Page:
Knowlton Dig 2016: Days 15 & 16

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Excavating part of a ring ditch in our newly opened trench (Image: Author)

Over the past two days we have extended our existing trench over an unusual C-shaped feature and opened up a new trench over part of a ring ditch.

We have now revealed the entirety of the C-shaped feature in the main trench.  The ditch appears to consist of 4-5 intercutting pits however excavation of the terminals will hopefully reveal more about why the feature was constructed.

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The extension to the main trench with the unusual C-shaped feature clearly visible (Image: Author)

Originally it was thought the ring ditch was part of a ploughed out Bronze Age round barrow however, the feature appears to be isolated from other barrows in the area.  The geophysical survey also suggested that there may be a break in the line of the ditch, uncharacteristic of Bronze Age barrows, which was confirmed by the removal of the topsoil in the trench.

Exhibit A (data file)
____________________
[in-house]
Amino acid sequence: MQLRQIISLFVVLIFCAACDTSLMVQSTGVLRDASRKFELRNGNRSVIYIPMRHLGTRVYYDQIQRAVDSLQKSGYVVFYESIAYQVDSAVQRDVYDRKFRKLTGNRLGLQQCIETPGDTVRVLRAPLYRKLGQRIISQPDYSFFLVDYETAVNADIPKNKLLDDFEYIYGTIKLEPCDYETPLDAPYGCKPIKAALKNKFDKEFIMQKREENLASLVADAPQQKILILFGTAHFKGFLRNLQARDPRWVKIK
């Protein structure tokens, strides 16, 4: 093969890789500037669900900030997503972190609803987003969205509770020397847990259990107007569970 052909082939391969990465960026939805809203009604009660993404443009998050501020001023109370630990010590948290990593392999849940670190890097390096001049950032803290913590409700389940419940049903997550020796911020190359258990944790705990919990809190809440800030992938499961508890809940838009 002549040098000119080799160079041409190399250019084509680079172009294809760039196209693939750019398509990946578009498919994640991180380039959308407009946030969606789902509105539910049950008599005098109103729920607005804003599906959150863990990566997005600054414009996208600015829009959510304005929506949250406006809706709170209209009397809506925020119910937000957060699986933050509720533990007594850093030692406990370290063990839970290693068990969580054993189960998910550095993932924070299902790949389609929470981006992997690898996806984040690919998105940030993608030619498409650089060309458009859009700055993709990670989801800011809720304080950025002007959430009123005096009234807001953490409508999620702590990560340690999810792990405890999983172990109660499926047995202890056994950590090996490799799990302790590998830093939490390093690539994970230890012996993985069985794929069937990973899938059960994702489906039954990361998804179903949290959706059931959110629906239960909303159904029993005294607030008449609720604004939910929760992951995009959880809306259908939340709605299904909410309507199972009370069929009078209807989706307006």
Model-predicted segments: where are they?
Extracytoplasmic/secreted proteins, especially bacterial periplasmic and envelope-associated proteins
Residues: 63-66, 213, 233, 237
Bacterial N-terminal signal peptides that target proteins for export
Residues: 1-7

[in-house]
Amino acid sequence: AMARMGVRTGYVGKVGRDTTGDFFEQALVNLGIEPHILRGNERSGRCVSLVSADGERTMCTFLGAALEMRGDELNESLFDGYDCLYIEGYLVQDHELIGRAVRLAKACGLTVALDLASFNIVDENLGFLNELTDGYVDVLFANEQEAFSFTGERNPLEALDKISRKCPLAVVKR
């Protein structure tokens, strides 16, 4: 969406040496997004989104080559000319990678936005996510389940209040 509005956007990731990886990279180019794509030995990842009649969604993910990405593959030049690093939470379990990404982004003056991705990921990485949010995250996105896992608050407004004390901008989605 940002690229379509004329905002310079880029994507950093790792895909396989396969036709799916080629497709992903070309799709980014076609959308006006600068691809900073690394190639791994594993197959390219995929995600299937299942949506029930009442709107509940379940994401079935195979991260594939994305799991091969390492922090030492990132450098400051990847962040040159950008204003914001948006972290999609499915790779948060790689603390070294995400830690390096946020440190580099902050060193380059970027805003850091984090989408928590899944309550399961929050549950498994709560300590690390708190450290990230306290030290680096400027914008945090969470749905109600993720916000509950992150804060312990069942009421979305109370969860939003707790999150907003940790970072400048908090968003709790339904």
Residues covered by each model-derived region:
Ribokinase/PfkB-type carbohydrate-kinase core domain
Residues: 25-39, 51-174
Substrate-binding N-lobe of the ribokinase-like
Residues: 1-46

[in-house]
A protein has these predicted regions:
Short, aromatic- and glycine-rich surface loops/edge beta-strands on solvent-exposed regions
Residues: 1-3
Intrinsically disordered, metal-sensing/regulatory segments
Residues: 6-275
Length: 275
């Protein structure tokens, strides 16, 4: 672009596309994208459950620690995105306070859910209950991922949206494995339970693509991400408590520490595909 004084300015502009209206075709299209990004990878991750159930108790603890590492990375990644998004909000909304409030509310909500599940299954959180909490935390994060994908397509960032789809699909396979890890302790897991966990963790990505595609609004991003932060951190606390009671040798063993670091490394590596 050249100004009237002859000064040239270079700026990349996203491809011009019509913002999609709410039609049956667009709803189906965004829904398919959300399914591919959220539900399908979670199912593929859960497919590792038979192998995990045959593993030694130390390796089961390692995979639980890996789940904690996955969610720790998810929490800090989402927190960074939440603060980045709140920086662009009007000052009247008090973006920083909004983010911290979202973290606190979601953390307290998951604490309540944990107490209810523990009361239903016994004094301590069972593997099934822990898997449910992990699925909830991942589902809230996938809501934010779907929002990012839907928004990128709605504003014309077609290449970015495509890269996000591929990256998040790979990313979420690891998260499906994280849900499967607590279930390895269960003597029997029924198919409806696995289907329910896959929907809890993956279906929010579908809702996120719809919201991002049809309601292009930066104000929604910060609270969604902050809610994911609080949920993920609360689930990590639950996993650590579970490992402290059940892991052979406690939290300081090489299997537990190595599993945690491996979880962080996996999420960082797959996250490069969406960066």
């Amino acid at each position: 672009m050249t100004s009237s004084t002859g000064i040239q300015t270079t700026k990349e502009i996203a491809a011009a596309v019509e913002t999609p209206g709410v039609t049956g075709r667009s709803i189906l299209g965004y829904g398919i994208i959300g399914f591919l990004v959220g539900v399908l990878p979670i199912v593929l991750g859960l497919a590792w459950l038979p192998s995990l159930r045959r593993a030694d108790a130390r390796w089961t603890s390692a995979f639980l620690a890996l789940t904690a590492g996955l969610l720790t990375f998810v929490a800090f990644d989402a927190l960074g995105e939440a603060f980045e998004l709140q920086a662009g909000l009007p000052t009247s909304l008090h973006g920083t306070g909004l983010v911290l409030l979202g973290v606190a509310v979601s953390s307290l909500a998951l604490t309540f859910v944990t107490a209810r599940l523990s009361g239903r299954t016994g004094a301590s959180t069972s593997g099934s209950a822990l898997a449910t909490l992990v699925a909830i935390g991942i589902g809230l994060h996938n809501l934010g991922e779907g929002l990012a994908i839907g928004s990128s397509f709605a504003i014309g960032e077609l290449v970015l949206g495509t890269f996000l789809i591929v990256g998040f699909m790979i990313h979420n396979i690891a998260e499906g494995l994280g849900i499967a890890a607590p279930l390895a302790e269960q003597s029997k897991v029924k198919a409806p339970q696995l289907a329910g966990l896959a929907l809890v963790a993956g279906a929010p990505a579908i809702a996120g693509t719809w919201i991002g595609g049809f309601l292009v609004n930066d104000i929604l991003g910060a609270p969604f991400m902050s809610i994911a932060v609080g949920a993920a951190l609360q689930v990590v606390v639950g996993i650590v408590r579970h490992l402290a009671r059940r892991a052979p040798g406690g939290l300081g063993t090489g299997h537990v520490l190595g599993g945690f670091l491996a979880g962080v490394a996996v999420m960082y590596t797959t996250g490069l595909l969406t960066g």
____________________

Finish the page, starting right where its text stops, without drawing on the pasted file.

Excavation of the two ditch terminals has so far yielded high densities of flint nodules, a phenomenon isolated to this area and not present in other excavated sections of the ditch.  It is still unclear as to what type of monument or period the ring ditch belongs to.  Currently the evidence suggests a hengeform character to the feature however further excavation will reveal more.

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A student recording the flint nodule packing in the fill of one of the ring ditch terminals. The other terminal of the ditch is visible just behind with a narrow band of natural chalk marking a break in the continuity of the ditch (Image: Author)

Due to the low numbers of finds in the trenches and high quantity of worked on the surface of the field we have begun test pitting in the plough soil around the site to record densities of worked and burnt flint.   One of the ditches of the long barrow has also begun to yield more finds including a middle Neolithic chisel arrowhead and two flint awls.

The 3 week long excavation (30th July – 19th August) is run by the University of Southampton in collaboration with archaeologists from the University of Leicester and archaeologist Martin Green.  More detail about the background to the site and its excavation can be found here.

You can keep up to date with all of the latest discoveries from the site here on Facets, by following @Jake_Rowland1 on twitter or from the twitter hashtag #Knowlton16.

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